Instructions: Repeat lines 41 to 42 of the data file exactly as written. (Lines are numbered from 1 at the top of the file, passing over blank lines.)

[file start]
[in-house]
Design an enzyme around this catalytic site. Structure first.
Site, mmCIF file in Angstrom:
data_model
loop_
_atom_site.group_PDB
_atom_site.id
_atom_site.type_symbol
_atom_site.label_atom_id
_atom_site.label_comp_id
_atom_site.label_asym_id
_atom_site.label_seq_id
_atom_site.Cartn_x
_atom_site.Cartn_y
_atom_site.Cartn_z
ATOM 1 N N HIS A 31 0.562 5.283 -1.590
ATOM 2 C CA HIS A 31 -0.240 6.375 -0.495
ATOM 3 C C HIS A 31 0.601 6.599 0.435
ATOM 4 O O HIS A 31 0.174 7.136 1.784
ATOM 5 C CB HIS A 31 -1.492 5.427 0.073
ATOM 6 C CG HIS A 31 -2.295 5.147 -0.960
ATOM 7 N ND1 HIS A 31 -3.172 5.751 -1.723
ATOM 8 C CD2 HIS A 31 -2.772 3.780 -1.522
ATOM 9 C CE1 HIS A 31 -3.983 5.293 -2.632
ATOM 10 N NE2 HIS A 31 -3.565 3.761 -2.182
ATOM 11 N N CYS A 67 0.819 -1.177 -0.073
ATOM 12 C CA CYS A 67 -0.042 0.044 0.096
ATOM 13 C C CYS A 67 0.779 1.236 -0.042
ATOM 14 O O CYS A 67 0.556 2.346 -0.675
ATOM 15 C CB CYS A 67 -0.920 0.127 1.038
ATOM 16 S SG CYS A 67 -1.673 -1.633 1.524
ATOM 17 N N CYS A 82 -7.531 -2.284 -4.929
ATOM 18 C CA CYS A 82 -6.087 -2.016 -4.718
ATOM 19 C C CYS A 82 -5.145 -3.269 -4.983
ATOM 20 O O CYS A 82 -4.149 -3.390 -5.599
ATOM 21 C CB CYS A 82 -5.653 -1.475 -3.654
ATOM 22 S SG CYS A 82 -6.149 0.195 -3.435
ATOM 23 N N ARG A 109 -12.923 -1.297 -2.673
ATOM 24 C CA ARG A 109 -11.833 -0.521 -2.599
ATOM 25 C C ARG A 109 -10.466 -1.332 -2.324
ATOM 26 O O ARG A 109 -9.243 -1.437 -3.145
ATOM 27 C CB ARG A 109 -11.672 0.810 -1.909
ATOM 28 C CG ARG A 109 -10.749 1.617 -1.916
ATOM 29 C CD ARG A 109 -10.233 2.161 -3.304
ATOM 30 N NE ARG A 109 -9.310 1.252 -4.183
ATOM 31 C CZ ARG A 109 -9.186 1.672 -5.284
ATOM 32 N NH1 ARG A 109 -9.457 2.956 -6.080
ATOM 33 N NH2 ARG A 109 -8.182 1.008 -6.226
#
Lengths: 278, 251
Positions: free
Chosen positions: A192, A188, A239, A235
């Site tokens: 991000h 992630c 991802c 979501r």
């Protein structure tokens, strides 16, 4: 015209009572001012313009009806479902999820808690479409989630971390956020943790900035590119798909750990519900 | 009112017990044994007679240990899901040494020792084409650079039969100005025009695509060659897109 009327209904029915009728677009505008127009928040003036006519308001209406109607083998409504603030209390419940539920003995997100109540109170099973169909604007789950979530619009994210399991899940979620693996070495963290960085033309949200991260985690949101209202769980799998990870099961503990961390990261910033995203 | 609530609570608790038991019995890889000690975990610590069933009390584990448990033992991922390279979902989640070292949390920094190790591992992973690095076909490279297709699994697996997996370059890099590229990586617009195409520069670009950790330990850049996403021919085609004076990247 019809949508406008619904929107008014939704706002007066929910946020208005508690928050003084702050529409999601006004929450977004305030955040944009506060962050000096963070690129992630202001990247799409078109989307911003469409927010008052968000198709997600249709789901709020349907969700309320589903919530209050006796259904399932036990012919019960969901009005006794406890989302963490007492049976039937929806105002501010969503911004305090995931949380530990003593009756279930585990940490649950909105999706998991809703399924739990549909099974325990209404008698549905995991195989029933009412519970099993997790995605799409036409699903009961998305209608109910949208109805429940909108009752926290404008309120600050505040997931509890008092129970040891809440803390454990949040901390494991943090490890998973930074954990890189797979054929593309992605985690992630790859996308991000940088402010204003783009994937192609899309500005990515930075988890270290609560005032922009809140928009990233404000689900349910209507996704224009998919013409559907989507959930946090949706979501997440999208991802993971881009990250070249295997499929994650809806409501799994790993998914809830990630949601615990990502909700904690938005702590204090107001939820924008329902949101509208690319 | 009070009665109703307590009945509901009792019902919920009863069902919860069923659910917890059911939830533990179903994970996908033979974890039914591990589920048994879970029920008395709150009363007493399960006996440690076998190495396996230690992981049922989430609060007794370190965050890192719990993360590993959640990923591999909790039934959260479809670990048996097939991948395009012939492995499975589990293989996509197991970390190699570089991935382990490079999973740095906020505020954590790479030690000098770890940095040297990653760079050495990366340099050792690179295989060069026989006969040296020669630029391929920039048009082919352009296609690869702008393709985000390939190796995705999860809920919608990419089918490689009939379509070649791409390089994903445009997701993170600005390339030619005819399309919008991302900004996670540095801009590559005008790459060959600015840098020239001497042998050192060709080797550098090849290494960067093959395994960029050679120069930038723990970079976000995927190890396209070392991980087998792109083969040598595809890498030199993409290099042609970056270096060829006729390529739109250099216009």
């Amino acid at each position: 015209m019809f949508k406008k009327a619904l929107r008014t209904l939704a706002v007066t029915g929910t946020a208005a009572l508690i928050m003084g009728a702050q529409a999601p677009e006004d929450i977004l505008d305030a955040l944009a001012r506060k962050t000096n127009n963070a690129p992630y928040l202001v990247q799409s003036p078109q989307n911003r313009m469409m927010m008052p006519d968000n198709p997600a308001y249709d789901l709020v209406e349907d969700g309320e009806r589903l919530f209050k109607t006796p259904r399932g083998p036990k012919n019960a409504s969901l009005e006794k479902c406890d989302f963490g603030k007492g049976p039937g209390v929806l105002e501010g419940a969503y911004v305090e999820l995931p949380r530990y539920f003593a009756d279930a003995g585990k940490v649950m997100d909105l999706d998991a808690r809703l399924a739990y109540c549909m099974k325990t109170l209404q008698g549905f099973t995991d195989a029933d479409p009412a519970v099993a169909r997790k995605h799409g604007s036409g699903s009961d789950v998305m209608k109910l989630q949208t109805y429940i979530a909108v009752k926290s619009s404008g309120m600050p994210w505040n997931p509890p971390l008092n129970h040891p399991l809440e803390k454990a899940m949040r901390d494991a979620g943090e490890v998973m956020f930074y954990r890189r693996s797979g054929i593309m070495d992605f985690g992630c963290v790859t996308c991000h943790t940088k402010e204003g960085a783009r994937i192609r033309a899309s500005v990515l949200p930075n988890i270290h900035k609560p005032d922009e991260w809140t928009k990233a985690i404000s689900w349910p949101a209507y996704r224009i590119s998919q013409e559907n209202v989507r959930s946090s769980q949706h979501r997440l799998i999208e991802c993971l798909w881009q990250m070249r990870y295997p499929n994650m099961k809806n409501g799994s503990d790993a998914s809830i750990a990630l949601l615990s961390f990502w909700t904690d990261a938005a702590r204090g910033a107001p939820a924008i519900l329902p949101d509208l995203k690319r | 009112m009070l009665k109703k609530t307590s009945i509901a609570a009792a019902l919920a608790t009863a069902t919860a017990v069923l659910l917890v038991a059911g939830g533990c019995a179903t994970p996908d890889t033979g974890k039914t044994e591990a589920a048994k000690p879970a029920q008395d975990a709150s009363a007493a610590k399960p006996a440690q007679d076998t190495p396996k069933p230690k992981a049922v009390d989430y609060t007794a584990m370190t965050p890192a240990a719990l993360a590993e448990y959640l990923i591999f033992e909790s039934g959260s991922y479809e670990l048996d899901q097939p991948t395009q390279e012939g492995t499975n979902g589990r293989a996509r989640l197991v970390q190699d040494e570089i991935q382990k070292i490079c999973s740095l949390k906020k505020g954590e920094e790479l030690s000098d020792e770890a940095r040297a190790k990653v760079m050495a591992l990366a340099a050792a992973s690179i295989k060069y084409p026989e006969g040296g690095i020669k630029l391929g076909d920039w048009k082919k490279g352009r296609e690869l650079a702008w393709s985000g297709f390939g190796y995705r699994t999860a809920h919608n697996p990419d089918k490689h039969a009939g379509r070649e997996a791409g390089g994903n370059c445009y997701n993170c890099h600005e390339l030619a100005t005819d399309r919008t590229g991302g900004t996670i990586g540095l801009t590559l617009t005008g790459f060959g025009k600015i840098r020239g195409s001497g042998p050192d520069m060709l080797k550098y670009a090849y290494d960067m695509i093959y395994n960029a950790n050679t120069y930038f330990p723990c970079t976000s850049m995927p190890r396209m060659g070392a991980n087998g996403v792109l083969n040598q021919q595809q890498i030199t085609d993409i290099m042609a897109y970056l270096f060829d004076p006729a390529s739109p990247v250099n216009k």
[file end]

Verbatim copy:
ATOM 26 O O ARG A 109 -9.243 -1.437 -3.145
ATOM 27 C CB ARG A 109 -11.672 0.810 -1.909